You'll have two half-spheres for each ball that you cut. I continued until I had 20 half-spheres. I ended up using 20 for her dress, each spaced 3 inches apart vertically and 4 inches apart horizontally. I would advise making several more, just in case something goes wrong—that way, you won't have to cut more, paint them again, and wait for them to dry.
Gather the half-spheres and your plastic bowl. Take them to a well-ventilated, well-protected area (you'll be spray-painting them). Paint the semi-spheres with black paint (or your color choice) and the bowl with white paint (or your color choice).
Allow each item to dry for at least an hour in between coats. Once they're finished, allow a full 24 hours to dry completely before applying to the dress or adding decorations to the helmet.
While your accessories are drying, begin measuring where you'll place the balls on the dress. You will want your child to wear the dress while you're measuring. It makes it easier to know how the dress flows.
I made a note to place the semi-spheres where the pleats came outward. I didn't want them tucked inside where the tulle dropped inward. If I had done that, they wouldn't be visible.
I started at the waist line and decided that I would place the first semi-sphere row about a centimeter below the waist line. I then decided on columns of four (each three inches apart) and rows of five (each 4 inches apart). I marked the columns with masking tape for reference.
You will probably have to continue these steps a day later, once everything is dry.
IMPORTANT: Before gluing anything to the dress, place a piece of cardboard under the first layer of tulle to avoid the glue adhering to the layers underneath. See the image below for reference.
Begin placing your semi-spheres onto the dress and securing them with hot glue.
Once all of the semi-spheres are on the dress, you can begin work on the waist line. I was going to use this rhinestone ribbon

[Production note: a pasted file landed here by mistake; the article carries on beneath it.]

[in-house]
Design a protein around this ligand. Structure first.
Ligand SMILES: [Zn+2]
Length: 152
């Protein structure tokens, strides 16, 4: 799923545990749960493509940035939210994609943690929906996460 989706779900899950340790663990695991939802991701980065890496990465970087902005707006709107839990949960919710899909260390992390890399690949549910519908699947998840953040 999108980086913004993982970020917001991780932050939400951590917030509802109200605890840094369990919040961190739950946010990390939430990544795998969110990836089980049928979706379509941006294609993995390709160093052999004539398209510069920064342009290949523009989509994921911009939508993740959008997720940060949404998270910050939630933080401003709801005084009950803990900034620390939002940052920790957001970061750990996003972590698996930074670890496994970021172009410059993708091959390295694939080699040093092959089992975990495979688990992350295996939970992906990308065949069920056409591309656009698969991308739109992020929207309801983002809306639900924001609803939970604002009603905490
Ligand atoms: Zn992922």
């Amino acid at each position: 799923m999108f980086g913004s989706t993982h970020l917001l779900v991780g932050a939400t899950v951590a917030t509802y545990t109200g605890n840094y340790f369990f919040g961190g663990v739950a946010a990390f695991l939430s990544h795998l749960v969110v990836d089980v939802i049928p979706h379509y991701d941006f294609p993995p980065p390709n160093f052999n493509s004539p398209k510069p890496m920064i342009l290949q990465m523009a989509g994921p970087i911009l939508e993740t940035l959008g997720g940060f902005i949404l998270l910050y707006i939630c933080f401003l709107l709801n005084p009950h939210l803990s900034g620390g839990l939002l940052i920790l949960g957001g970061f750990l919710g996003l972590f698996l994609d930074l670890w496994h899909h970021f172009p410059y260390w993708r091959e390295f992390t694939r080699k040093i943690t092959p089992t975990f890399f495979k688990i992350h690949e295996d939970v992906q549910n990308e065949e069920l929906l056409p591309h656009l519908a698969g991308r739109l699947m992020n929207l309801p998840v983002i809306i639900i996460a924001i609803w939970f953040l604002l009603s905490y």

Once all of the balls are in place, you can work on the waist line. I was going to use this rhinestone ribbon...
...which looked like this on the dress:
I didn't feel that it looked enough like a Dalek, so I chose this sparkly black ribbon instead.
I ran two horizontal rows about an inch apart (above the waistline) and only in the front of the dress. The reason I only ran them in the front of the dress was because it made the dress difficult to go on when I wrapped them all the way around.
Just hot glue the ribbon in place and then start work on your homemade Dalek helmet.
I used the above wood drill bit to "hand drill" (just spin back and forth) a [very messy] hole onto each side of the bowl. These holes are there so that the LED candle switch sits over them, allowing them to be turned on and off from inside of the helmet.
Next, I placed the LED candle over the hole...
...making sure that the switch was visible on the other side (and that I was able to switch it on and off with ease).
I then secured it in place with hot glue.
Next I took the two plastic shot glasses...
...and glued them directly over the LED candles.
...and glued it to the front of the helmet.
Note: I ended up removing the blue "light" to readjust the position. I placed it further down, about 2 centimeters away from the rim.
The helmet should look something like this.
Because the bowl is so big, I had to glue foam inside of the helmet so that it fit more securely on her head. I made sure not to cover the tea light candle switches.
That's it! Just give your child their "weapons"---a whisk and a plunger...and take a photo!
Putting the entire outfit together took me about two hours (not including the time it took for the paint to dry). If I can do it, anyone can do it!